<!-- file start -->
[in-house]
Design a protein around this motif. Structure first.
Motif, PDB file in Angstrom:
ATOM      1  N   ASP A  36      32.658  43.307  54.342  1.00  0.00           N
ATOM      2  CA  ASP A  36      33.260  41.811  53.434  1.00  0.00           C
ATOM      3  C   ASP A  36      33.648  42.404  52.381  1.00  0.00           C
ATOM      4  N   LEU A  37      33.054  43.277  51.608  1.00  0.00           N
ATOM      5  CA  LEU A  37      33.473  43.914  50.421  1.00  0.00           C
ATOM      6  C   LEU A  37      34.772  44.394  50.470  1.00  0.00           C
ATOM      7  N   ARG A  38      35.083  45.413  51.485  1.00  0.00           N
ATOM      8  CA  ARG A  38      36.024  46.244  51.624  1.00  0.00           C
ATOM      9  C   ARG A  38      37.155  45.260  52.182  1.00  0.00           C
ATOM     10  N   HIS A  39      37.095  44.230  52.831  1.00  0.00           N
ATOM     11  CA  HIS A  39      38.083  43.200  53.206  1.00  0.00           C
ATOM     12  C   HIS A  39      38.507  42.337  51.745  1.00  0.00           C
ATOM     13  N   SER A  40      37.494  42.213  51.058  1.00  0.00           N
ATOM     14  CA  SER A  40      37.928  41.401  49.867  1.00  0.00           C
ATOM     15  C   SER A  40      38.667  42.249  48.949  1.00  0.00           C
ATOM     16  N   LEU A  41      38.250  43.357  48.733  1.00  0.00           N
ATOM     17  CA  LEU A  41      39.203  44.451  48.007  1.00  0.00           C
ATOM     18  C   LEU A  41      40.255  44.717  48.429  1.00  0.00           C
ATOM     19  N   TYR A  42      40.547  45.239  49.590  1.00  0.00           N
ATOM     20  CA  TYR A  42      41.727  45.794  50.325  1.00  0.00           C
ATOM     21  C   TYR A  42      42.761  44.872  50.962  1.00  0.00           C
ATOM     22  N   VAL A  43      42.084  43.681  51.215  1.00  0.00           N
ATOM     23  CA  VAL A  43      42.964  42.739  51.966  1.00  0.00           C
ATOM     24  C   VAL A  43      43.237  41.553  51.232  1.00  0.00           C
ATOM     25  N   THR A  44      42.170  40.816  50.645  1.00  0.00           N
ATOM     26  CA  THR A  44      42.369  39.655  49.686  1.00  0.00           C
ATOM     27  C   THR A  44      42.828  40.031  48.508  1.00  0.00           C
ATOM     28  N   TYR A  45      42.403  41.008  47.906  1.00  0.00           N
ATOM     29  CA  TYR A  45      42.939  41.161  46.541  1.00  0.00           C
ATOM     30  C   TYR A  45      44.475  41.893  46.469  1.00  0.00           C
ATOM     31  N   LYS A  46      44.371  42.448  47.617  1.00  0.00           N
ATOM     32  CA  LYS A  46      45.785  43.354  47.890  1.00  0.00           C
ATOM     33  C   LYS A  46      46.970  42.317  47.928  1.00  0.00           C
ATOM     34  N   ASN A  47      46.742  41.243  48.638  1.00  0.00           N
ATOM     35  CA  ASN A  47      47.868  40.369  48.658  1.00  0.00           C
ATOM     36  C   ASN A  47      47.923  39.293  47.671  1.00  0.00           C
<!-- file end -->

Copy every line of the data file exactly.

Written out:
[in-house]
Design a protein around this motif. Structure first.
Motif, PDB file in Angstrom:
ATOM      1  N   ASP A  36      32.658  43.307  54.342  1.00  0.00           N
ATOM      2  CA  ASP A  36      33.260  41.811  53.434  1.00  0.00           C
ATOM      3  C   ASP A  36      33.648  42.404  52.381  1.00  0.00           C
ATOM      4  N   LEU A  37      33.054  43.277  51.608  1.00  0.00           N
ATOM      5  CA  LEU A  37      33.473  43.914  50.421  1.00  0.00           C
ATOM      6  C   LEU A  37      34.772  44.394  50.470  1.00  0.00           C
ATOM      7  N   ARG A  38      35.083  45.413  51.485  1.00  0.00           N
ATOM      8  CA  ARG A  38      36.024  46.244  51.624  1.00  0.00           C
ATOM      9  C   ARG A  38      37.155  45.260  52.182  1.00  0.00           C
ATOM     10  N   HIS A  39      37.095  44.230  52.831  1.00  0.00           N
ATOM     11  CA  HIS A  39      38.083  43.200  53.206  1.00  0.00           C
ATOM     12  C   HIS A  39      38.507  42.337  51.745  1.00  0.00           C
ATOM     13  N   SER A  40      37.494  42.213  51.058  1.00  0.00           N
ATOM     14  CA  SER A  40      37.928  41.401  49.867  1.00  0.00           C
ATOM     15  C   SER A  40      38.667  42.249  48.949  1.00  0.00           C
ATOM     16  N   LEU A  41      38.250  43.357  48.733  1.00  0.00           N
ATOM     17  CA  LEU A  41      39.203  44.451  48.007  1.00  0.00           C
ATOM     18  C   LEU A  41      40.255  44.717  48.429  1.00  0.00           C
ATOM     19  N   TYR A  42      40.547  45.239  49.590  1.00  0.00           N
ATOM     20  CA  TYR A  42      41.727  45.794  50.325  1.00  0.00           C
ATOM     21  C   TYR A  42      42.761  44.872  50.962  1.00  0.00           C
ATOM     22  N   VAL A  43      42.084  43.681  51.215  1.00  0.00           N
ATOM     23  CA  VAL A  43      42.964  42.739  51.966  1.00  0.00           C
ATOM     24  C   VAL A  43      43.237  41.553  51.232  1.00  0.00           C
ATOM     25  N   THR A  44      42.170  40.816  50.645  1.00  0.00           N
ATOM     26  CA  THR A  44      42.369  39.655  49.686  1.00  0.00           C
ATOM     27  C   THR A  44      42.828  40.031  48.508  1.00  0.00           C
ATOM     28  N   TYR A  45      42.403  41.008  47.906  1.00  0.00           N
ATOM     29  CA  TYR A  45      42.939  41.161  46.541  1.00  0.00           C
ATOM     30  C   TYR A  45      44.475  41.893  46.469  1.00  0.00           C
ATOM     31  N   LYS A  46      44.371  42.448  47.617  1.00  0.00           N
ATOM     32  CA  LYS A  46      45.785  43.354  47.890  1.00  0.00           C
ATOM     33  C   LYS A  46      46.970  42.317  47.928  1.00  0.00           C
ATOM     34  N   ASN A  47      46.742  41.243  48.638  1.00  0.00           N
ATOM     35  CA  ASN A  47      47.868  40.369  48.658  1.00  0.00           C
ATOM     36  C   ASN A  47      47.923  39.293  47.671  1.00  0.00           C